• FIG. 1 is an illustration of bandwidth availability and usage in a capped bandwidth service tier model in comparison to the present invention.
  • FIG. 2 is an illustration of the network system, architecture, and requirements of the present invention.
  • FIG. 3 is an illustration of the subscriber flows through the firewall and virtual bandwidth pipe.
  • FIG. 4 is an illustration of the subscriber flows through the firewall and virtual bandwidth pipe.
  • DESCRIPTION OF THE PREFERRED EMBODIMENTS
  • FIG. 1 shows how bandwidth distribution looks with the standard capped bandwidth service tier and present invention between three subscribers.
  • In FIG. 1, the total amount of bandwidth available to a network in a standard capped bandwidth service tier model is represented by 20. Subscribers 30 may have an agreed bandwidth tier 22 of 10×10 Mbit/s. This means that each subscriber will be allotted their designated bandwidth tier 22 of 10 Mbit/s but no more. This means that any excess bandwidth, represented by 24, remains unused.
  • In FIG. 1, total amount of bandwidth available to a network 10 is shown and will be described. Subscribers 30 will be able to utilize all but a small margin of the bandwidth 14 available to a network. A reserve 14 of bandwidth is used as a buffer to ensure that even if all the bandwidth defined for distribution at a site is utilized, there will be extra available to ensure the agreed subscriber tier can be met. The remainder of the bandwidth is available to meet the demands of active users on an equal basis.
  • FIG. 2 shows how a standard MDU network is deployed in the current embodiment of the present invention. Elements of the network design standards include industry standard network aggregation points known as Main Distribution Frames (“MDFs”) 50, and Intermediate Distribution Frames (“IDFs”) 60.
  • The top of FIG. 2 shows the MDF 50, where all the IDF 60 connections ultimately come together. Standard components placed alongside the MDF 50 include devices such as the core router that provides all the standard network functionality (DHCP, DNS, NAT, Firewall, Bandwidth shaping, and other essential networking services). Once user traffic reaches the 50 and passes through the Metropolitan Area Network “MAN” 40, it will continue to the Internet.
  • The bottom of FIG. 2 shows an IDF 60, where traffic from end-users in specific buildings pass through to the MDF 50. The uplink from the IDF 60 to the MDF 50 is typically single-mode or multi-mode fiber. The physical layout of the MDU determines the location and number of the MDF and IDFs.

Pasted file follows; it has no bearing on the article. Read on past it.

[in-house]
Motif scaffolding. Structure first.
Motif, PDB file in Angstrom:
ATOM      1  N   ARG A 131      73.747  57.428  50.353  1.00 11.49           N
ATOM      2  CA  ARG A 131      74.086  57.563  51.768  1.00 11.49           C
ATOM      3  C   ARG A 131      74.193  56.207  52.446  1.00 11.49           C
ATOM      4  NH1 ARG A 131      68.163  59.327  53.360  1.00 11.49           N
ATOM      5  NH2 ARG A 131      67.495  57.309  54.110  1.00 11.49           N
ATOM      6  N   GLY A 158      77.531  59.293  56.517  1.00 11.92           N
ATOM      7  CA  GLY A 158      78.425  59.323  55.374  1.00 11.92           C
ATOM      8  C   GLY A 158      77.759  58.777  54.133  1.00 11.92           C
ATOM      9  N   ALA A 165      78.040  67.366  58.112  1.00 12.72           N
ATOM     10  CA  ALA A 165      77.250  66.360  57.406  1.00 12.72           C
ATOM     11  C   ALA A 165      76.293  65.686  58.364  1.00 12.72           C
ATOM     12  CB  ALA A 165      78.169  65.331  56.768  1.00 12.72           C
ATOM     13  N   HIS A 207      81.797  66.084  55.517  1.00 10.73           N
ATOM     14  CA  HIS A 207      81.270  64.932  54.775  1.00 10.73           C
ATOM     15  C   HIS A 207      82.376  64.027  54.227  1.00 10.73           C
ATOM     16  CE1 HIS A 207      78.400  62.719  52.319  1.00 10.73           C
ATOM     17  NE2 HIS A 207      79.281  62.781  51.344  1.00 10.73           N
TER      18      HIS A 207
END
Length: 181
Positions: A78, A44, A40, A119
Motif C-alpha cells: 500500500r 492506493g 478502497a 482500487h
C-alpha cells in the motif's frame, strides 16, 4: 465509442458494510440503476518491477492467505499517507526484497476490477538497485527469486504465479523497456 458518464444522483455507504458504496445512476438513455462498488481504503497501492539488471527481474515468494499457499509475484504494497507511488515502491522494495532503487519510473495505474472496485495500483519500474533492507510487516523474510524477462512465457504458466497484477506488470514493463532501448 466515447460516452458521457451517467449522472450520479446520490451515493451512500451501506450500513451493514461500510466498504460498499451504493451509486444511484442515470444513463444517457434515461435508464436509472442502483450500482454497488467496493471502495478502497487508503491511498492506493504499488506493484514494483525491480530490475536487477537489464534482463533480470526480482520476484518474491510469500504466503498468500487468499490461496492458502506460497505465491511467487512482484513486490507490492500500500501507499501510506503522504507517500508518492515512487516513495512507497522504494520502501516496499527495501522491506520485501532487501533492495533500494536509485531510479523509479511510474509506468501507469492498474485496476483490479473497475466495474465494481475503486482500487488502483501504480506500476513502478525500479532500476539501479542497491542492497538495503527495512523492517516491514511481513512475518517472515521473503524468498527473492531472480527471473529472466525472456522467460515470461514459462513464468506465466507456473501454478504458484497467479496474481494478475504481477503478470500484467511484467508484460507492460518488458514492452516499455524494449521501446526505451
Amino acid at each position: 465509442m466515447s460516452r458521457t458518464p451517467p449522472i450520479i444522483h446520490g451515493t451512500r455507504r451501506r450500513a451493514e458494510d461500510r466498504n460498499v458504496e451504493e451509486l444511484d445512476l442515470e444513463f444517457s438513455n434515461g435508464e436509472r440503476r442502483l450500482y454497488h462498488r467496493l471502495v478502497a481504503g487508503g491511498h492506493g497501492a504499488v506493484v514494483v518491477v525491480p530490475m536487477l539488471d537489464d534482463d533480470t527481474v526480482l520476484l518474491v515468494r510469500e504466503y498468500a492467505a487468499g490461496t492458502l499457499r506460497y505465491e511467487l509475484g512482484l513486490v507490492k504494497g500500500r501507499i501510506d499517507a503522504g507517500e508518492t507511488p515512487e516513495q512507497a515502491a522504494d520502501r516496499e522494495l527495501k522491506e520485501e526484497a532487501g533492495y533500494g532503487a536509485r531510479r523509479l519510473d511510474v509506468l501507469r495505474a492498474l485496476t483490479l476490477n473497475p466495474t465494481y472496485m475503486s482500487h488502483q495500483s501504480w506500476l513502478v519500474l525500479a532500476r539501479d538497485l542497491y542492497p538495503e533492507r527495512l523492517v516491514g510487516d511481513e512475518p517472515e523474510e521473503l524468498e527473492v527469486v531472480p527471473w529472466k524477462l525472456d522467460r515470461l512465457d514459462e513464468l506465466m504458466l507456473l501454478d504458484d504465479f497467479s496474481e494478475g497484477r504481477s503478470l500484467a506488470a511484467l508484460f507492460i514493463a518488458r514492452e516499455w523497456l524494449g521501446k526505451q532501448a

• The IDF locations are also segmented on the data link layer of the OSI model (Layer 2) by the use of Virtual Local Area Networks or VLANs. By doing so, the present invention significantly reduces broadcast traffic, thereby freeing up bandwidth, as each IDF/VLAN is its own broadcast domain. These VLANs reside on the same Layer 3 network since the VLANs are part of a bridge interface on the NAD. FIG. 2 illustrates the different broadcast domains and the extent each covers.
  • According to a current embodiment of the present invention, the MDF 50 should contain 10/100/1000 Ethernet switches and/or fiber so long as the total provisioned bandwidth does not exceed 1 Gbit/s. If the total provisioned bandwidth exceeds 1 Gbit/s then 10 Gbit/s capable managed switches will be required. If the aggregate bandwidth delivered to the MDU will not support 1 Gbit/s then 10/100 Mbit/s switches will suffice. However, the uplink from these switches need to support more than 100 Mbit/s. If a network does have adequate bandwidth to deliver greater than 100 Mbit/s to subscribers than 10/100/1000 IDF switches are required. Additionally, if aggregate traffic from an IDF, 60, may exceed 1 Gbit/s then 10 Gbit/s uplinks should be considered.
  • In FIG. 3, the total bandwidth available for a network 80 is shown and will be described. The total bandwidth provided then has a percentage taken away to simulate a pipe with slightly less bandwidth, which consists of bandwidth that is not included when defining how much bandwidth is available for distribution on the LAN 84, along with the remainder, which is bandwidth available for distribution 82.
  • The NAD uses MDU bandwidth defined in its configuration to determine how much bandwidth can be distributed. It also uses this value to reduce subscriber bandwidth when the total MDU bandwidth consumption approaches the maximum available bandwidth to the site.
  • The NAD is aware of the total bandwidth delivered to an MDU and, in some embodiments, distributes it evenly to all registered subscribers. Different devices can be split up into different virtual ‘pipes’ to ensure a minimum bandwidth is delivered to each registered subscriber account and therefore each registered device.